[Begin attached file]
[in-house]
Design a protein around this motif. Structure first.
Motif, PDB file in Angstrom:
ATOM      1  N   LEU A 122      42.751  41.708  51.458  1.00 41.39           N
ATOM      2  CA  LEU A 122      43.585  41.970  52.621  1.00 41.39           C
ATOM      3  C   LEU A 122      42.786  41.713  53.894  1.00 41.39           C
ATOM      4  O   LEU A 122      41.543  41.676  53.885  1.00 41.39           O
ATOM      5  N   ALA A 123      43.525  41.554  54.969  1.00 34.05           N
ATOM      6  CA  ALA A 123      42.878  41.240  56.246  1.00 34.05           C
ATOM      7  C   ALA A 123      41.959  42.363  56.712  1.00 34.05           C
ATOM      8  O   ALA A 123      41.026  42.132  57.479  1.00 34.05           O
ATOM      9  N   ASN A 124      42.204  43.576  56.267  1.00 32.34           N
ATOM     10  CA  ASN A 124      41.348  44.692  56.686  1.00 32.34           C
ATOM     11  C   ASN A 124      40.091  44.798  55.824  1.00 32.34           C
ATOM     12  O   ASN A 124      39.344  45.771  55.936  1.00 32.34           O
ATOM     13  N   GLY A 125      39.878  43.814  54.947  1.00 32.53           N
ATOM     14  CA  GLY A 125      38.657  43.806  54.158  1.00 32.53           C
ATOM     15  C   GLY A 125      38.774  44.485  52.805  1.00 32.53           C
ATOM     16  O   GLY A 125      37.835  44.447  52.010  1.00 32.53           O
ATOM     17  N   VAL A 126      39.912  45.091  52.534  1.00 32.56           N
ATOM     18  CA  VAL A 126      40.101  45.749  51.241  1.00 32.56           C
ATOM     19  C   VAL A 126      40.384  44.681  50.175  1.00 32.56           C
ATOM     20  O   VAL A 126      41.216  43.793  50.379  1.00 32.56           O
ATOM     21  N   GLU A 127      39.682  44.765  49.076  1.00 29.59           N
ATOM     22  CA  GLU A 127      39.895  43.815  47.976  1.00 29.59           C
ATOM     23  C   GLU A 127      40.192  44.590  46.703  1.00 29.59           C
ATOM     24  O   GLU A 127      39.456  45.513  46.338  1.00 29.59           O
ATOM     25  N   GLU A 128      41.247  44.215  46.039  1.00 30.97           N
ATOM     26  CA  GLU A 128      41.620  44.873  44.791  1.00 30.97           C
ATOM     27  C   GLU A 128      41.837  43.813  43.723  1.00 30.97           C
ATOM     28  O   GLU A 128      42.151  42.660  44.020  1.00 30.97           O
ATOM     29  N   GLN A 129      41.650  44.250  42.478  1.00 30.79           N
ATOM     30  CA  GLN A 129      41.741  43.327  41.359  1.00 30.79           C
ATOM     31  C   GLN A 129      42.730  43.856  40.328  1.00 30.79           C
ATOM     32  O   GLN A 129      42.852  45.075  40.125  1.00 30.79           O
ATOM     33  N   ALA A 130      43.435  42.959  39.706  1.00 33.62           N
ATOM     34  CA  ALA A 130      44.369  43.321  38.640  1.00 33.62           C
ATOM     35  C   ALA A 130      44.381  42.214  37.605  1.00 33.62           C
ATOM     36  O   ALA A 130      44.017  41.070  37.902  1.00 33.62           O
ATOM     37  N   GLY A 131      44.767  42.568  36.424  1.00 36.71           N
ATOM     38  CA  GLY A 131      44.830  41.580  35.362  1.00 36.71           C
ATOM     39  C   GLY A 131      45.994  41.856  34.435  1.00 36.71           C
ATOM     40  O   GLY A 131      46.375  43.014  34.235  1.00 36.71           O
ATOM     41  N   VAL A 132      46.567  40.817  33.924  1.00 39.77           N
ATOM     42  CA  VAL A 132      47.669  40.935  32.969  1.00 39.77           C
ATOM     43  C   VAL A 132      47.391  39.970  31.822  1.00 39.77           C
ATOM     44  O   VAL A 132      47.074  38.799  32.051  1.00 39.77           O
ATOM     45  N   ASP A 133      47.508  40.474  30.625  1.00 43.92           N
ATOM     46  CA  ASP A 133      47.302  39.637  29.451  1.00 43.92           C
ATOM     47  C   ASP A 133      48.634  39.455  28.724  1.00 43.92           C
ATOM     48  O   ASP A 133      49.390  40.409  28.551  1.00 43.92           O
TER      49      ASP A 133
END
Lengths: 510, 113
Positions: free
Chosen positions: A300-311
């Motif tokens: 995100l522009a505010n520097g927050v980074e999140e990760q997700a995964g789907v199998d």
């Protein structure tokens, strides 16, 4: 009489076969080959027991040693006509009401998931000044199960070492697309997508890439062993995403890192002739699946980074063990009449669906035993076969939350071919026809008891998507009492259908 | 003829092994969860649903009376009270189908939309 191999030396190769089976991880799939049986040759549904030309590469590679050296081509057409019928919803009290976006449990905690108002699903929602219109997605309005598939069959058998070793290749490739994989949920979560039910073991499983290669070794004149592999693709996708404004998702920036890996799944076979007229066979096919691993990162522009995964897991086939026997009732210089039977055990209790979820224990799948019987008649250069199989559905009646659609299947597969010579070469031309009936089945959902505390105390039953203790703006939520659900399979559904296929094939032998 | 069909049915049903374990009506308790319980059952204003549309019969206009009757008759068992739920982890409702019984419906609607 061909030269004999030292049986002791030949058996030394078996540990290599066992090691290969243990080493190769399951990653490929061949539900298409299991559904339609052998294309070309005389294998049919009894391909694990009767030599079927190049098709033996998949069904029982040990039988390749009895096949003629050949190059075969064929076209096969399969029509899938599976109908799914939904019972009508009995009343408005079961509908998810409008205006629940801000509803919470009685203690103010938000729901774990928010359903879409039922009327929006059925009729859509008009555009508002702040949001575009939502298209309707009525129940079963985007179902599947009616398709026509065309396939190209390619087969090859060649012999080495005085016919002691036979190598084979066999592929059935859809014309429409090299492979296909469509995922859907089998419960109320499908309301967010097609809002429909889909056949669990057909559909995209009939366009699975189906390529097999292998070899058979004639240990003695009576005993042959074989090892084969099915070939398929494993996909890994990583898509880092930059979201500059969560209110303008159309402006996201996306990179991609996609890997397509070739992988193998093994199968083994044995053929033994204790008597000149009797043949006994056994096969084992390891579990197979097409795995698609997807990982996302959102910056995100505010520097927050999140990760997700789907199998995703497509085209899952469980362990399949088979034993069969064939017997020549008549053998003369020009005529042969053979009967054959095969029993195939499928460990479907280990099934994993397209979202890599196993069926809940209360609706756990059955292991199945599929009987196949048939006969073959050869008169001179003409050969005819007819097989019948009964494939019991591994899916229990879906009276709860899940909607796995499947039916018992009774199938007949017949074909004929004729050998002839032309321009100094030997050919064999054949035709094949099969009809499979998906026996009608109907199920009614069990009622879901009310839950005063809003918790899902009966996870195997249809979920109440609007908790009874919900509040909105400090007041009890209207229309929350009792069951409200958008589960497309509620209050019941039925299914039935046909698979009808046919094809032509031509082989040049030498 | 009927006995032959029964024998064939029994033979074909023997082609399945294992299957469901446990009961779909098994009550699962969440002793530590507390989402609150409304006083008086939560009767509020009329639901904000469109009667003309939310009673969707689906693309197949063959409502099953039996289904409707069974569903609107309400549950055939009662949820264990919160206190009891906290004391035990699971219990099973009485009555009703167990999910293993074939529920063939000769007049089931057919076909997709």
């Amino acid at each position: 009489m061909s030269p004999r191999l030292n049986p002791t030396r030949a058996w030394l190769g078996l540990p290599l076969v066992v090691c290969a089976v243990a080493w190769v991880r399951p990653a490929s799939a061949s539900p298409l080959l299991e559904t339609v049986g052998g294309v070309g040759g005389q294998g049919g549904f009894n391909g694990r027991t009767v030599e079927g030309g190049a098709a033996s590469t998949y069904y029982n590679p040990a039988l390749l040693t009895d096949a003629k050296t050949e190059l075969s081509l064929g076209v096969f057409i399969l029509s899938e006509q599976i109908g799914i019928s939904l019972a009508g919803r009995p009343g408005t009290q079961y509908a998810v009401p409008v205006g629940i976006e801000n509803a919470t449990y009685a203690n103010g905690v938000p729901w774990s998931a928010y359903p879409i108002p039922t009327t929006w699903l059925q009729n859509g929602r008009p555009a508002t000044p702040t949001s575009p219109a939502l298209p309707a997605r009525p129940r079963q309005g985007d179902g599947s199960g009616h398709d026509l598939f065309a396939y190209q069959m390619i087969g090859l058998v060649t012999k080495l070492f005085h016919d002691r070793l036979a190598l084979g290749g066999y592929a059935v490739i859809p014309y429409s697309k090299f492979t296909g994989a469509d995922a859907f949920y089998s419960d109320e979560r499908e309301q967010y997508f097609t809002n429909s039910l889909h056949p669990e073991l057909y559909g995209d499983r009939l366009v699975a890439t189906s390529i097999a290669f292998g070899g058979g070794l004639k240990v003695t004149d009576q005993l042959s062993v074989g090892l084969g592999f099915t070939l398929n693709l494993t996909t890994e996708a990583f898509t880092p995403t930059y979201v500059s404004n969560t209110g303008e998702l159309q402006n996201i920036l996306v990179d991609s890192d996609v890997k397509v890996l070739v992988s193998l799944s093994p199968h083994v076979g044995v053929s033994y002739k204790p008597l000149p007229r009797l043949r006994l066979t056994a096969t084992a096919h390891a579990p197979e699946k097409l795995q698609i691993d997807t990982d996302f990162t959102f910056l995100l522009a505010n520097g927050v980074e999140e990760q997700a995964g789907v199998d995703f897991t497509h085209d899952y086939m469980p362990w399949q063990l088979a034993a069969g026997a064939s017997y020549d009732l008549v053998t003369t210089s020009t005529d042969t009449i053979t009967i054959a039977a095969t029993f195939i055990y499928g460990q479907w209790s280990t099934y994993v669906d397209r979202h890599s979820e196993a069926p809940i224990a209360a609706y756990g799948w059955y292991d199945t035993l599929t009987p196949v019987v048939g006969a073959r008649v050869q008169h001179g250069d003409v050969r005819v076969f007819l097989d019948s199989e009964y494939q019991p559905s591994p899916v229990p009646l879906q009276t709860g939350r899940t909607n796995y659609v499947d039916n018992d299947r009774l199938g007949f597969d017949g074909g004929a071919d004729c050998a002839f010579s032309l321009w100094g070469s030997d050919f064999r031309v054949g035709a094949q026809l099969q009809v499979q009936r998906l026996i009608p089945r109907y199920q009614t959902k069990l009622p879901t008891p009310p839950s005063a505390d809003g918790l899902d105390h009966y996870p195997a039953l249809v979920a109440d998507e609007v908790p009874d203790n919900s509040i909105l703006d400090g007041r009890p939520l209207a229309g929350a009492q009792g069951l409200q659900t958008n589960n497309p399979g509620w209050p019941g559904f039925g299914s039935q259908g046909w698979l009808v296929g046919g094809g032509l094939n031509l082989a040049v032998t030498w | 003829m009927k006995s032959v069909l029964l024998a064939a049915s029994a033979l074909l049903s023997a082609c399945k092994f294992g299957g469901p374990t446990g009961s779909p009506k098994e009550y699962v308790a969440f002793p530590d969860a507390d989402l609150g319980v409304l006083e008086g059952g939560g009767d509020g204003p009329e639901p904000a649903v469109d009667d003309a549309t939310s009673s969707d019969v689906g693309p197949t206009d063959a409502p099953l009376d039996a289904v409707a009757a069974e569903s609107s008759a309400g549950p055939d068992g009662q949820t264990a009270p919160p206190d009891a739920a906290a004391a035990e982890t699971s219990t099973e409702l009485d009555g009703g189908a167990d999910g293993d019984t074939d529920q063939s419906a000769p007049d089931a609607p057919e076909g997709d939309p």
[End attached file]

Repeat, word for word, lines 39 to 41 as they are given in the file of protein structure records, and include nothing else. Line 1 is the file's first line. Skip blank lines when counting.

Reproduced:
ATOM     36  O   ALA A 130      44.017  41.070  37.902  1.00 33.62           O
ATOM     37  N   GLY A 131      44.767  42.568  36.424  1.00 36.71           N
ATOM     38  CA  GLY A 131      44.830  41.580  35.362  1.00 36.71           C